Conservationists urge Costa Rica to maintain environmental leadership

Rhett A. Butler, mongabay.com
June 30, 2013

A body representing hundreds of biologists and conservation scientists has urged the government of Costa Rica not to jeopardize its reputation as an environmental leader by allowing carve-outs from protected areas for industrial development.

In a declaration issued Thursday at the conclusion its 50th annual meeting, the Association for Tropical Biology and Conservation (ATBC), the world's largest organization dedicated to the study and conservation of tropical ecosystems, applauded Costa Rica's pathbreaking efforts to integrate environmental protection into its national development strategy. But the group warned that proposed projects that would require de-gazetting of national parks for energy projects could undermine Costa Rica's green credentials.

"Whilst the environmental and economic achievements of Costa Rica’s efforts are applauded, they are currently threatened by potentially damaging projects that could reverse these gains," states the declaration. "If these projects go ahead they may dethrone Costa Rica from its global leadership role in combining social, economic and environmental progress."

ATBC cited a proposal to de-gazette 1,000 hectares — ten percent — of Rincon de la Vieja National Park for an energy project as an example.

"The realization of this proposal would remove 10% of the total area of this National Park from protection and forever threaten the existence of the only example of this unique forest type in Costa Rica," said ATBC's statement. "Moreover, such a de-gazetting of a National Park implies that none of Costa Rica’s National Parks, which offer the greatest levels of protection, are safe from conversion to other land-uses."

"We urge the Costa Rica Congress and the Ministry of Environment to remove the current proposal presented to Congress."

Rainforest in Costa Rica

ATBC went on the recommend expanding habitat corridors to help wildlife cope with the effects of climate change.

"A key example of this is the plan to link the lowland forest of the Piedras Blancas and Corcovado National Parks to Fila Cal in the Talamanca mountains," said the declaration. "Such biodiversity corridors are critical to maintaining Costa Rica’s biological heritage through the 21st century."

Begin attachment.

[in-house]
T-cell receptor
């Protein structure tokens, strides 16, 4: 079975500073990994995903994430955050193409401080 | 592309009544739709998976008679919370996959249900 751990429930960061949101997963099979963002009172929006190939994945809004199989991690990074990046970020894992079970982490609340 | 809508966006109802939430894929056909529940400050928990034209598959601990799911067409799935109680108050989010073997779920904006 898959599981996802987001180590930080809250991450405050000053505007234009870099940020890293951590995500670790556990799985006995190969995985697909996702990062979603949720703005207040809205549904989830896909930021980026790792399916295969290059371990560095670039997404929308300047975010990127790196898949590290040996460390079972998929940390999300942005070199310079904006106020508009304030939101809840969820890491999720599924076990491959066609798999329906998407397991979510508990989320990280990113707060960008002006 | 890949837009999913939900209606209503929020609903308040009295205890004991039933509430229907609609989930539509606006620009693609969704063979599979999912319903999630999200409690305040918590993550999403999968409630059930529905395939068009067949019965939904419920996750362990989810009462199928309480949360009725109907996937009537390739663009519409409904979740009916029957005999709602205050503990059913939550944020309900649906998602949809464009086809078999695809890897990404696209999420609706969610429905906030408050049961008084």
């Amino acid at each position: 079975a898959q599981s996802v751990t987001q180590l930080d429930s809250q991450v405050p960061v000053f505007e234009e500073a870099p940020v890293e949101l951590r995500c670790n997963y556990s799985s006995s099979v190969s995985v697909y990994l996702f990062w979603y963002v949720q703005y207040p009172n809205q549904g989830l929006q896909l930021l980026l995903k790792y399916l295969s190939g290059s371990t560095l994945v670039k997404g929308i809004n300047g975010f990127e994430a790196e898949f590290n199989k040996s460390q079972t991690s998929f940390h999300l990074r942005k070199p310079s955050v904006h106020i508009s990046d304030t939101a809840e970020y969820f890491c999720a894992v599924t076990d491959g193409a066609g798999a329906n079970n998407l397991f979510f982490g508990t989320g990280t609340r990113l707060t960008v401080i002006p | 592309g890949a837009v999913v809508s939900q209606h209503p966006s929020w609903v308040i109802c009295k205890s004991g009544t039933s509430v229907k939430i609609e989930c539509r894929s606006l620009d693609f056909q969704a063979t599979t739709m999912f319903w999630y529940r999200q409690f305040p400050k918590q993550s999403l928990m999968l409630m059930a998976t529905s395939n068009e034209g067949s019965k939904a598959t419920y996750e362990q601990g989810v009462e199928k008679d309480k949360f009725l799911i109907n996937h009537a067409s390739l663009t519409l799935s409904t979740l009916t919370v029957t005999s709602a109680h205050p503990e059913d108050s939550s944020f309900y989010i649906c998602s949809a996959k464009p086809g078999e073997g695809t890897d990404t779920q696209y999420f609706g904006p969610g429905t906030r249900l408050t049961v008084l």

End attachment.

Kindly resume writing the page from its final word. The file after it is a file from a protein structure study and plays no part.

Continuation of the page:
ATBC concluded by asking the government to "endorse responsible and sustainable development of Costa Rica outside protected areas" and honor its environmental commitments contained within national laws and international treaties.

"Honoring these commitments will ensure Costa Rica’s National Parks will continue to provide a strong foundation for the national economy, maintain critical ecosystem services, and serve as source of enjoyment for future generations.

Anole lizard silhouetted on a rainforest leaf in Costa Rica.

In recent decades, Costa Rica has made considerable environmental progress since the 1950's to the early 1980's period when the country had one of the world's highest deforestation rates. In the 1980's Costa Rica began to offer subsidies for tree planting and started establishing national parks. In 1996 it banned clearing of mature forest and launched a national payments-for-ecosystems program that was funded by an oil tax. Along the way, the country emerged as a global leader in nature-based tourism that became the basis of its modern service economy. Costa Rica has also seen a dramatic recovery of its forest cover.

"[Costa Rica] is one of the few countries wholeheartedly endorsing the integration of advancing human welfare and environmental protection," stated the declation. "Costa Rica’s visionary decisions have led to 25% of its lands being under some form of protection alongside an exemplary payment for environmental services program."

"Protected areas and national parks have helped transform Costa Rica into a modern service-based economy, thus playing a large role in improving the living standards of Costa Ricans."

AUTHOR: Rhett Butler founded Mongabay in 1999. He currently serves as president, head writer, and chief editor.

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Conservationists urge Costa Rica to maintain environmental leadership.